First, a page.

Yossi Sapirman is going out on a high note.
Few pulpit rabbis can boast (though he doesn’t) of the kind of dramatic growth his synagogue – Beth Torah Congregation – has seen over his time in the pulpit.
When “Rabbi Yossi,” as he’s often affectionately called, took over at the Conservative synagogue on Toronto’s Glenbrook Avenue in 1998, there were fewer than 200 family members. And he was barely into his 30s.
When he and the congregation parted ways a few weeks ago, there were roughly 500 member families – a number that has held steady over the last decade.
For a synagogue on Dufferin Street near Lawrence Avenue West– off the beaten Jewish path of Bathurst Street – the growth has been enviable.
How did it happen? To be sure, young families moving into the area and innovative programming changed the dynamic, but the congregation “grew itself because we saw ourselves as family,” Rabbi Sapirman told The CJN. “And that created a warm, welcoming, comforting place.”
The growth and dynamism of the congregation did not go unnoticed. Rabbi Sapirman became a kind of hip, unconventional go-to guru for local media eager to know how a house of worship and its congregants can reinvigorate themselves.
“A shul that rocks,” gushed the Globe and Mail in 2004. “At Toronto’s Beth Torah, they do things a little differently.”
Rabbi Sapirman “is a fantastical blend of P.T. Barnum and Tevye from Fiddler on the Roof,” offered the National Post last autumn, when Beth Torah was planning a razzle-dazzle High Holiday Zoom service.
The rabbi is hoping to translate that novel approach to his new position as “Founder/Visionary” of Living Jewishly, an outreach group he founded in 2016. Offering blogs, podcasts, events, and educational programs, its role is to “take the traditions of Jewish spirituality and translate them into contemporary messages,” according to its website.
Examples have included Rabbi Sapirman hosting an online seder for 100 families. For Shavuot, a digital brunch program entitled “Revelation and Relationships” is being offered. The non-profit group is also offering Hebrew school, a bnai mitzvah class, and social action projects, such as connecting teens and seniors as penpals.
“It was always my goal to move onto there,” Rabbi Sapirman said.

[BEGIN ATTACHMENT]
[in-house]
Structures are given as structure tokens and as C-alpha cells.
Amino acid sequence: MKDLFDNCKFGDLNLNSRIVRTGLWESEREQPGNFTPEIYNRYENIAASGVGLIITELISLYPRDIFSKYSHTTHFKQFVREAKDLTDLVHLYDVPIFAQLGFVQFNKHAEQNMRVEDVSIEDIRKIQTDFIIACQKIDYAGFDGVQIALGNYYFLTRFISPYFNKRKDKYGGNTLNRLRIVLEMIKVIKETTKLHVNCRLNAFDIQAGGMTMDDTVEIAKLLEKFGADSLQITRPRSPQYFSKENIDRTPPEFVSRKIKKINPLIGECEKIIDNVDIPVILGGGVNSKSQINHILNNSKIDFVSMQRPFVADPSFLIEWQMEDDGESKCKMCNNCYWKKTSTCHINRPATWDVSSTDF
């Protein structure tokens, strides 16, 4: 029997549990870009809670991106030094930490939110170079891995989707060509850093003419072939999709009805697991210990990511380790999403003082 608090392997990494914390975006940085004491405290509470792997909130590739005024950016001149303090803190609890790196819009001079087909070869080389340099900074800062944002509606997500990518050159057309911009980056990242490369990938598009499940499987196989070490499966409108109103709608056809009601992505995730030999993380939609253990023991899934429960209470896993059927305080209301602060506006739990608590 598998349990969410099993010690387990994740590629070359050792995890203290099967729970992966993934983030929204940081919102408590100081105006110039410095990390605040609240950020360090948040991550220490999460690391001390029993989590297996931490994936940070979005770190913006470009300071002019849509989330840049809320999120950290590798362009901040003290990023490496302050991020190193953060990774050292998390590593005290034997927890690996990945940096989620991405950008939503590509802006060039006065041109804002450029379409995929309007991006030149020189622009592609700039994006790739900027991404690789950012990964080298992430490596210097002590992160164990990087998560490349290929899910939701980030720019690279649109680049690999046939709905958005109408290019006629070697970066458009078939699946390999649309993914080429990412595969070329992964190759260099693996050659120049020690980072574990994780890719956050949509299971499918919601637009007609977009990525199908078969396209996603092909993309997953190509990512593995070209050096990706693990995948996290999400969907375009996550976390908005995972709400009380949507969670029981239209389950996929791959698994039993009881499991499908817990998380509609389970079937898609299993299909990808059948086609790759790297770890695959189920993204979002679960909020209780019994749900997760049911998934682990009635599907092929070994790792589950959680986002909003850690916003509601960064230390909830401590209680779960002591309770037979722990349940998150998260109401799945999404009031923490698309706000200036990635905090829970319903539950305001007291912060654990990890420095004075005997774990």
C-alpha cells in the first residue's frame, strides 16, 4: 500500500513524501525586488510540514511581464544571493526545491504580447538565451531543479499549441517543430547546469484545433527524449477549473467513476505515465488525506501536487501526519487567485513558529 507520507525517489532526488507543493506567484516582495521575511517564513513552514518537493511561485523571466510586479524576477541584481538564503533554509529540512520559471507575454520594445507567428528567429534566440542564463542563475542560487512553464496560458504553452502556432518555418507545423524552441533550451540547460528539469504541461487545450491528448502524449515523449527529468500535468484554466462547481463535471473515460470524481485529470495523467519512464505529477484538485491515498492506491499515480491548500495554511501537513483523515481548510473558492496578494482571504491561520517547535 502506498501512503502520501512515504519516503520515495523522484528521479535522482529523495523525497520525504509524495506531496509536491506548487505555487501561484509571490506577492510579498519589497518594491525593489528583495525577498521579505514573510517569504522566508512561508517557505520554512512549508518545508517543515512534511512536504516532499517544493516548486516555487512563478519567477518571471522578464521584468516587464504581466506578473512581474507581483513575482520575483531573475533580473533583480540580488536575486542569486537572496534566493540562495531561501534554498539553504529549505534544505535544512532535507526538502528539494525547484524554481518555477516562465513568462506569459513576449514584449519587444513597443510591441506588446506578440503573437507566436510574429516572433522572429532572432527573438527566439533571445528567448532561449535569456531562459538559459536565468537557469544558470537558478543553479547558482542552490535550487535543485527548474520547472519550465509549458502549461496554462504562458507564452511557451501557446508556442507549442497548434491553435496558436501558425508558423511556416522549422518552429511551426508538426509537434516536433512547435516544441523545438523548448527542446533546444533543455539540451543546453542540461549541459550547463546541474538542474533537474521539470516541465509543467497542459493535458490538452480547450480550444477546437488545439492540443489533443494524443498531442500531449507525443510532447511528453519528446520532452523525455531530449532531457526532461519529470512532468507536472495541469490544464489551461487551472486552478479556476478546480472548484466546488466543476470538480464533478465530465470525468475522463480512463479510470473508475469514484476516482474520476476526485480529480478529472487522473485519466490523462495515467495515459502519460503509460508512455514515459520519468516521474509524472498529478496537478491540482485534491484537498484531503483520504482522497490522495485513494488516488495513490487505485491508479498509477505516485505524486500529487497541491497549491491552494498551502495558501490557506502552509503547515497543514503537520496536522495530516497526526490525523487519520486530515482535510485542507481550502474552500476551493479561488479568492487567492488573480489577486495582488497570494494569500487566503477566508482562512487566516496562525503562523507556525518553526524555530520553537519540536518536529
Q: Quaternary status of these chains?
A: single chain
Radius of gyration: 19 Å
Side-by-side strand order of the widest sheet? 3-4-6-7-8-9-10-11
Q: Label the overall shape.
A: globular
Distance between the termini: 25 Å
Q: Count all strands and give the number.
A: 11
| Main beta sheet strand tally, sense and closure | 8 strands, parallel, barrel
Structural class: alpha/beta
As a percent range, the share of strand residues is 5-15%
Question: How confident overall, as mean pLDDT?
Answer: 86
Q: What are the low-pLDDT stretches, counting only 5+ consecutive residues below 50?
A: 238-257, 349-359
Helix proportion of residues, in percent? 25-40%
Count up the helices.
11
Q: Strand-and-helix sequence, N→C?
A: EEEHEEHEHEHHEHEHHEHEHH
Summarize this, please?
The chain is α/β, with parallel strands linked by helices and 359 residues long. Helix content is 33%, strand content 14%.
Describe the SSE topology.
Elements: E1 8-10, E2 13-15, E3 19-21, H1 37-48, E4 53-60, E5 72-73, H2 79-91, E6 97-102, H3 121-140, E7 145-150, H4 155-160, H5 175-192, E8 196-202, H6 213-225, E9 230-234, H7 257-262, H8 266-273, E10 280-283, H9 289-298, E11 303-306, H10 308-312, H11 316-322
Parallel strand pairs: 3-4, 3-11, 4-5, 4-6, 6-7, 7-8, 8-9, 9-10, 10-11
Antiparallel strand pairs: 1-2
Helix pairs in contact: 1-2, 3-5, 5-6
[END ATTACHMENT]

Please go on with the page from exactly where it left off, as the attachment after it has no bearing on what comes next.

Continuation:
The trigger was the pandemic.
“As things developed through COVID, I was intensely engaged with the congregation from the moment it happened,” he said. “I didn’t miss a single week of sermons. We were online. I found myself more and more distant from the pulpit. There were the members, the building, and the operations of the shul. I just found it overwhelmingly difficult to continue in that role.”
As the pandemic ground on, “I began to think of what it would look like when we got back, and I realized, ‘this is the time for me to do the things I think the future holds, as opposed to the present.’”
With a paid staff of six, Living Jewishly is non-denominational. “It’s not a collective of people who are politically or religiously similar,” he explained. “It’s really about finding your own Jewishness, which is essentially my journey and, I guess, the journey of many people with me at the shul.”
The idea is to build “meaningful, relevant and intentional Jewish living.”
During COVID, one program that offered Hebrew school classes was designed to take pressure off synagogues. Families paid for the classes, not their synagogues.
Born in New Jersey into an ultra-Orthodox family, Rabbi Sapirman recalled his father’s involvement in the outreach groups Ohr Somayach and JEP (Jewish Education Program), “where the philosophy was ‘many questions, one answer’ or ‘specific answers.’
“Many of those answers are within us,” the rabbi said. “We just need to be acknowledged that our intentionality and meaningfulness are authentic.”
At 53, he’s still on the young side, and he now has more time for his eight-year-old daughter.
“I’m not going to say I was burned out,” he said. “The lure of something like Living Jewishly made me realize that I didn’t want to continue what I was doing.
“It’s been hard for me because it wasn’t the easiest departure. (But) I feel I had to do that for me, for what I consider to be my next iteration. It’s a dream I had, and I had to follow that dream.”